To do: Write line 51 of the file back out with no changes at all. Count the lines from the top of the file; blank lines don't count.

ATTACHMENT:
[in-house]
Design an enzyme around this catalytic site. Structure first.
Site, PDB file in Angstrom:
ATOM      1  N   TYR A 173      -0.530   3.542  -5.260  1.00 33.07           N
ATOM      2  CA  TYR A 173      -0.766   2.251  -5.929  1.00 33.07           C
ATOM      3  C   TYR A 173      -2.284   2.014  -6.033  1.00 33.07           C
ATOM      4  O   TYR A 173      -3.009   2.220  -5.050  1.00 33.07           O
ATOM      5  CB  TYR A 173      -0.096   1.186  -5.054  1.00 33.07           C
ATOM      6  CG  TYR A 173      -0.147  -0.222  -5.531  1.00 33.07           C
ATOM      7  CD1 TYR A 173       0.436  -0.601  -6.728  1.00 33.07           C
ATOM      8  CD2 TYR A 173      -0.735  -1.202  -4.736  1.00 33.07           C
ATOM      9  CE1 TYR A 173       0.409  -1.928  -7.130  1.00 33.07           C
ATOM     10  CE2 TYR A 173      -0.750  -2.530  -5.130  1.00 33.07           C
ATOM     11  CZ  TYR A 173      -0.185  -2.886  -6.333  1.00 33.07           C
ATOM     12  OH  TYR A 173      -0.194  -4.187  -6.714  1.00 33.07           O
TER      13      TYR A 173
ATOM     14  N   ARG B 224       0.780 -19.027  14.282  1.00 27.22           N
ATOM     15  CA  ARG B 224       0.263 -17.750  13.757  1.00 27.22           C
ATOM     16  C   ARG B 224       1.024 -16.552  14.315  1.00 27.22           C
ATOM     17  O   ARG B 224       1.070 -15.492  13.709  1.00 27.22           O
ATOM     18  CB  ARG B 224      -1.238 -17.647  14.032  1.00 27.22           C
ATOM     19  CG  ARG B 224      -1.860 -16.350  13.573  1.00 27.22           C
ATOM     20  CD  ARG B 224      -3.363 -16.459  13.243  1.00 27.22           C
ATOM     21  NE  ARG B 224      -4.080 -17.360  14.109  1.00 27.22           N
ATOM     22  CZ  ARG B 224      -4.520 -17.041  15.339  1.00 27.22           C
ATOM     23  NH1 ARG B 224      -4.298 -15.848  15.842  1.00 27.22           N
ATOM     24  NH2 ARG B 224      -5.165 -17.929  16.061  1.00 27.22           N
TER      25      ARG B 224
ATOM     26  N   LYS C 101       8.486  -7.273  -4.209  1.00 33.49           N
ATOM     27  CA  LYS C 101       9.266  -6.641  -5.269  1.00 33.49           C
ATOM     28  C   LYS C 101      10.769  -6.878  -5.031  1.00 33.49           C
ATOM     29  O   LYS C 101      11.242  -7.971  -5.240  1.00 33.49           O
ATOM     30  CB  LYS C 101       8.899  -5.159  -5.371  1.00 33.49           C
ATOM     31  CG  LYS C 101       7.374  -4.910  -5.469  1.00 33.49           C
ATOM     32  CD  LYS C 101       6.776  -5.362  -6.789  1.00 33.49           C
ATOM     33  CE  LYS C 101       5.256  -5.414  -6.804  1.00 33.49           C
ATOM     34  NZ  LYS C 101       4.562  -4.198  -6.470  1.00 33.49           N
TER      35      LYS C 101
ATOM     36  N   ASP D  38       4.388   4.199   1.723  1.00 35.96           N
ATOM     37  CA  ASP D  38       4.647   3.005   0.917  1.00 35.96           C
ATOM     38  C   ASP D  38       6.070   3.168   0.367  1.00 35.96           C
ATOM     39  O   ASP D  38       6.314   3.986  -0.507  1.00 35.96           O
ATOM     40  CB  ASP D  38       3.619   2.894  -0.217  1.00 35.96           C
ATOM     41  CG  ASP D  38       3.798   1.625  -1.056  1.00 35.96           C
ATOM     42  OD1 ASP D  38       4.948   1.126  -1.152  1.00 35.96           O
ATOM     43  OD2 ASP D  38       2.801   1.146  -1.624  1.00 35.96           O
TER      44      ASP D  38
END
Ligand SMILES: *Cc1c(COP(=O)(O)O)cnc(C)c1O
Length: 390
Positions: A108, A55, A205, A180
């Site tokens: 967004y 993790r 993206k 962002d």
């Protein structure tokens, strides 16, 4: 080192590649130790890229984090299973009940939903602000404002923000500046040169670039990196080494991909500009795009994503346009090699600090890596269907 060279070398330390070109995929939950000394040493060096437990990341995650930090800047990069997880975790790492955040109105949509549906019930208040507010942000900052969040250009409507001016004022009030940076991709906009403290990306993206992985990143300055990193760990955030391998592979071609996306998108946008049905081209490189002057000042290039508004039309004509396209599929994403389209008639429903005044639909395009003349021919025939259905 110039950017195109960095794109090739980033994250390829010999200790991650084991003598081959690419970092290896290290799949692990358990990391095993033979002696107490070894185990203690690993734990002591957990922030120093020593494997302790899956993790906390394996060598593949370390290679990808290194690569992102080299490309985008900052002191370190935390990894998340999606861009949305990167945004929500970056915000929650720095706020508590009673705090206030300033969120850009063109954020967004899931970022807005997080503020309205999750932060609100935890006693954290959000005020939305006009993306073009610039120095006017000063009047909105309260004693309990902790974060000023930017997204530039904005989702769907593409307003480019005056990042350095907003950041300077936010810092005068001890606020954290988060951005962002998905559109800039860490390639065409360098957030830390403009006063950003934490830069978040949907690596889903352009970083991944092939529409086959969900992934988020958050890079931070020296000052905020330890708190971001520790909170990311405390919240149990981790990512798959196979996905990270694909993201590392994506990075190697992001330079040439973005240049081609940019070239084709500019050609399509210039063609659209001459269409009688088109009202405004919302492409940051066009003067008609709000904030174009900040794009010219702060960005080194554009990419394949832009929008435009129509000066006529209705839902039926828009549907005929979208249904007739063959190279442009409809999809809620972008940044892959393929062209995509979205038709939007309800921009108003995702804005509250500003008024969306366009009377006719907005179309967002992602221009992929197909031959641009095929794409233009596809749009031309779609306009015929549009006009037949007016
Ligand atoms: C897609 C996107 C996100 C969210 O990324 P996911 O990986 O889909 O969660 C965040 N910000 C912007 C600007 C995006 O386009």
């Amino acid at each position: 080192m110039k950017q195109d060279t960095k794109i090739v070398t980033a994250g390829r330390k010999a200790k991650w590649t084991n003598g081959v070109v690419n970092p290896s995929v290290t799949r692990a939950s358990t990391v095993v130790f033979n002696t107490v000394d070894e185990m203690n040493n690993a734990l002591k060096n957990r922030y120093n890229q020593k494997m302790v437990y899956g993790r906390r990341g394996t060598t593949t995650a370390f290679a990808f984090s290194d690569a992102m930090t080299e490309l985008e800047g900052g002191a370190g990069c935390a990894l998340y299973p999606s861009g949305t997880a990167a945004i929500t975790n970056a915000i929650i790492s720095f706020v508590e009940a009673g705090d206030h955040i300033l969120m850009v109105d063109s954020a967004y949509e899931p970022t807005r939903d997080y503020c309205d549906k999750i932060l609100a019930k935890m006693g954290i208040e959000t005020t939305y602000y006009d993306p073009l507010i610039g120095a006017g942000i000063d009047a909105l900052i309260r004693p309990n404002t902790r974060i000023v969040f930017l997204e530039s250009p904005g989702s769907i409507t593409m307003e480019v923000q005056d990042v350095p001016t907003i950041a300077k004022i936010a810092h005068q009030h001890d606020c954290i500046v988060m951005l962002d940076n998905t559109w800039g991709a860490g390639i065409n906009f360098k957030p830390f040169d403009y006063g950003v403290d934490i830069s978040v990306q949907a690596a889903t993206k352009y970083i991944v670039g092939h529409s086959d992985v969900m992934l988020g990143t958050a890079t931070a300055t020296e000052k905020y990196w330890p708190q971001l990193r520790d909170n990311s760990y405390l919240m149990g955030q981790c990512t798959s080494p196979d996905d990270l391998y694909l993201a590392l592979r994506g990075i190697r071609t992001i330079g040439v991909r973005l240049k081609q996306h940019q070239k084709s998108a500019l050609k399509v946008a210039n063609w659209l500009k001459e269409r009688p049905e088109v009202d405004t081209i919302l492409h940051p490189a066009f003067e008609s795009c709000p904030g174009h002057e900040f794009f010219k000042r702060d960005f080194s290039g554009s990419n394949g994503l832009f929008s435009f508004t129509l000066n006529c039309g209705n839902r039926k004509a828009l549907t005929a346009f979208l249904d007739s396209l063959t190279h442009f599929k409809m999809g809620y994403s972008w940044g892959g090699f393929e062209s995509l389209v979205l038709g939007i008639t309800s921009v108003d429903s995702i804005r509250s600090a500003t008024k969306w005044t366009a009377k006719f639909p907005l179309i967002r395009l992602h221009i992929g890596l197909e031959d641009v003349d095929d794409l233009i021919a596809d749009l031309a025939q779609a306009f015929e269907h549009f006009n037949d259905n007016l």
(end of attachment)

Positions: A108, A55, A205, A180